Over 800 million tons of coil-coated metal are produced and shipped annually in North America alone. Coil coating (see Diagram I) is a very efficient way to produce a uniform, high quality, coated finish over metal in a continuous automated fashion. Coil coating is also referred to as pre-painted metal, because the metal is painted prior to, rather than after, fabrication.
In the coil coating process, the metal coil is first unwound, cleaned and pre-treated, applied on a flat continuous sheet, heat cured, cooled and rewound for shipment. At the fabricator, it is then cut to the desired size and formed into its finished shape. Versus most other application methods, coil coating efficiency is nearly 100%. Application is at very high line speeds as modern coil lines can run at speeds as high as 700 feet per minute and cure the applied paint in 15 – 45 seconds. As opposed to a spray-applied coating, for example, a coil-coated, formed surface offers uniform film thickness rather than the thicker films on edges, corners and bends that is more typical of spray-applied coatings.
Topcoats are applied by reverse roll coat in which the applicator roll travels in the reverse direction of the strip and thus provides a smoother film with fewer defects. Primers and backers are normally applied by direct roll coating. Some lines also apply coil coatings using an extruder or via a solid block of paint with a softening point such that it can be applied smoothly when heated.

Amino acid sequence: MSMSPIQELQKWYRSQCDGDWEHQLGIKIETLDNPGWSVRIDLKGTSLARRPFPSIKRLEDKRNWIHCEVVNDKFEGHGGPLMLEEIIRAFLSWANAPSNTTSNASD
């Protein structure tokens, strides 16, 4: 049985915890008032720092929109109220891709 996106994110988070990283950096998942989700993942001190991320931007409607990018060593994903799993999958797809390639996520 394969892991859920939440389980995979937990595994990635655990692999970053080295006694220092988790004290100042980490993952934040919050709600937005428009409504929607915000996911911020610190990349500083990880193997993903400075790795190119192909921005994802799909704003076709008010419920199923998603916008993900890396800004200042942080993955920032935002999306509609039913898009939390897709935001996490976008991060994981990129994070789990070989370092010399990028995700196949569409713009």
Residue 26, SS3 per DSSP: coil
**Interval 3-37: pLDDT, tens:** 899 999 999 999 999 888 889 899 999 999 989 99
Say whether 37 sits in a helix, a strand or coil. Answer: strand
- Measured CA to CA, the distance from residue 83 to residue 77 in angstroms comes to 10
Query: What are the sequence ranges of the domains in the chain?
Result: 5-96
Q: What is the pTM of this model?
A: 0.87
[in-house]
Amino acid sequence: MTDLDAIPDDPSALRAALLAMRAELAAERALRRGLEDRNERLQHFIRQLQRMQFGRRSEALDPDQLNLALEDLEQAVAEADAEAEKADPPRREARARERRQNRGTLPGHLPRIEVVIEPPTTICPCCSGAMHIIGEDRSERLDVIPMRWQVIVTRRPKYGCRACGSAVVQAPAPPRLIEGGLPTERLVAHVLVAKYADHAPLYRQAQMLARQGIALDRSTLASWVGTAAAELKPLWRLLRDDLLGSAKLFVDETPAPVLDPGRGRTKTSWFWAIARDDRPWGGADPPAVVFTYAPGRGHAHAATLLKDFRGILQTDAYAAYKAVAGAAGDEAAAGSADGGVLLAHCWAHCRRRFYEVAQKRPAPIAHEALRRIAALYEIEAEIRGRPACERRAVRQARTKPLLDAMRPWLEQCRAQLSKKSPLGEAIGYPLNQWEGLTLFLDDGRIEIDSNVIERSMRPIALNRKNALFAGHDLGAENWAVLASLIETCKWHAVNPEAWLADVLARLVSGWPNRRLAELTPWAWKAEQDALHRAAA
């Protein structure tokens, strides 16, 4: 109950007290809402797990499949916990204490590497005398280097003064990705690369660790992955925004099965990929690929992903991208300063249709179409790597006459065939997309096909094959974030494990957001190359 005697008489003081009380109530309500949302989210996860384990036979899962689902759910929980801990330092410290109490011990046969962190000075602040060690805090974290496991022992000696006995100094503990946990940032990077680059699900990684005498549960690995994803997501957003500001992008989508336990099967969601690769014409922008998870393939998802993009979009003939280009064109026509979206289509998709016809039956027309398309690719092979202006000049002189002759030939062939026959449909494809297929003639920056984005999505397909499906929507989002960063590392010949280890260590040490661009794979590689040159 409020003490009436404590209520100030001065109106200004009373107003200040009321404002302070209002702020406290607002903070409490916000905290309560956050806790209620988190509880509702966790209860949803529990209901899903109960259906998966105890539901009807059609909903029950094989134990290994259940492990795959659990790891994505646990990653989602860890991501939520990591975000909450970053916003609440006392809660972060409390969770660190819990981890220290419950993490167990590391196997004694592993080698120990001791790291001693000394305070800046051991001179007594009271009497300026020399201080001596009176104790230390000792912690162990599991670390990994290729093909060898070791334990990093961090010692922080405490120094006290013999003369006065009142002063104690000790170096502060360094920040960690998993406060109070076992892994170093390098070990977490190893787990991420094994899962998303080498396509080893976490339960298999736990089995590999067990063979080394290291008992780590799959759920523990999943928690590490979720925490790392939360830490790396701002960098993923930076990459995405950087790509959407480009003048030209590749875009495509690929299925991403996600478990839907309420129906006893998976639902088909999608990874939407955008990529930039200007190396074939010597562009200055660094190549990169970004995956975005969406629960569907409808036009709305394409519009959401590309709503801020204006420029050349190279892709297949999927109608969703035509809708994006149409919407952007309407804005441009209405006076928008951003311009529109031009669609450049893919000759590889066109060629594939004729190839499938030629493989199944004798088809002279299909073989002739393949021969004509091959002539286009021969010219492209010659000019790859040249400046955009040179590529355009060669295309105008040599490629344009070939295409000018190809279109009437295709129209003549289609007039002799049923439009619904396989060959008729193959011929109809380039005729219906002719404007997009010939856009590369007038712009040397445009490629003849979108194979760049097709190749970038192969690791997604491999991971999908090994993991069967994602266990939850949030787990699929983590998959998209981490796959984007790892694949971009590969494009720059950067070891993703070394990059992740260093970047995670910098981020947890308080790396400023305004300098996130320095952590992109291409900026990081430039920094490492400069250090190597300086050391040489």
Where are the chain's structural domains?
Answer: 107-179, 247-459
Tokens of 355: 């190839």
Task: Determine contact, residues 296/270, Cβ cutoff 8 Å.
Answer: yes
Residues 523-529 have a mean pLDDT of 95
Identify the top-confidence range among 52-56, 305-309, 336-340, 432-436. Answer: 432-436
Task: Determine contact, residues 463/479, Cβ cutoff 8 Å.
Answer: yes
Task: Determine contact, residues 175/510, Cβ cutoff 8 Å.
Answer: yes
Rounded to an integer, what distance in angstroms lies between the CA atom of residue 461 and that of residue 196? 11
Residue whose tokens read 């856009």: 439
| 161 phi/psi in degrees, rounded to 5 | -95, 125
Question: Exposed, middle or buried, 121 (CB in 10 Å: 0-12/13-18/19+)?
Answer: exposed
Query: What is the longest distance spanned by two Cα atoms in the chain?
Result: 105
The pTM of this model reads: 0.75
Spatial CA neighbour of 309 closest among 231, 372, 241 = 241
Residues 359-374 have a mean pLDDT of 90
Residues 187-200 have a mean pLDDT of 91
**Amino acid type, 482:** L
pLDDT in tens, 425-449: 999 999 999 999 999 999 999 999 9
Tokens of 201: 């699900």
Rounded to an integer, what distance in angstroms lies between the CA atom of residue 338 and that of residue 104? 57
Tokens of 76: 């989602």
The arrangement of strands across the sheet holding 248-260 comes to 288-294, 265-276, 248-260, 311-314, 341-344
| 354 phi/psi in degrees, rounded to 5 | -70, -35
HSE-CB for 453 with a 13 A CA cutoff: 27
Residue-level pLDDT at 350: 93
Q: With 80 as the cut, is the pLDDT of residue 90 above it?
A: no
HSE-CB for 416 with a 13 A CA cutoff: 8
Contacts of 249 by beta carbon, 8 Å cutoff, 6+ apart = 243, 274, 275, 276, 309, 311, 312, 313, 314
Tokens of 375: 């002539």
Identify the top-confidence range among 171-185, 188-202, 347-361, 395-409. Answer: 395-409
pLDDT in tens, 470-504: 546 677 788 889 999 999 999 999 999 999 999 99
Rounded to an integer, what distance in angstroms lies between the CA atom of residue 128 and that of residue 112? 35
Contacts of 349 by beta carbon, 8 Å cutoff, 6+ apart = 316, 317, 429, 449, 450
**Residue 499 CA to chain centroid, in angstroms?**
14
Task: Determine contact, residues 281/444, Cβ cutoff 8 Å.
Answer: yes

The types of paint curing employed in the coil industry include thermal, infrared, induction and UV cure. By and large, the vast majority of coil coatings are cured using gas-fired ovens. Accordingly, the remaining portions of this article will focus on thermal-cured coil coatings. Coil primers and backers are normally applied much thinner than spray-applied liquid or powder coatings, dip or electrocoat paints. Applied primer dry film thicknesses are normally in the range of 4 – 6 microns in thickness, whereas topcoats are normally applied to provide a dry film thickness of 18 – 20 microns.
Special consideration when formulating coil coatings include adjustments in the resin technology, crosslinking, solvent system, catalyst, surface modifiers and lubricants to accommodate proper cure, flow and leveling, and minimization of surface defects. Once cured, coil coatings can offer excellent handling, physical, chemical and environmental properties. From a paint usage standpoint, polyesters make up the bulk of coil coatings. Table II details typical materials utilized in a polyester coil coating.
In summary, coil coating technology has grown more rapidly than more conventional application technologies due to a variety of benefits that include cost savings, versatility, environmental, performance and quality issues.
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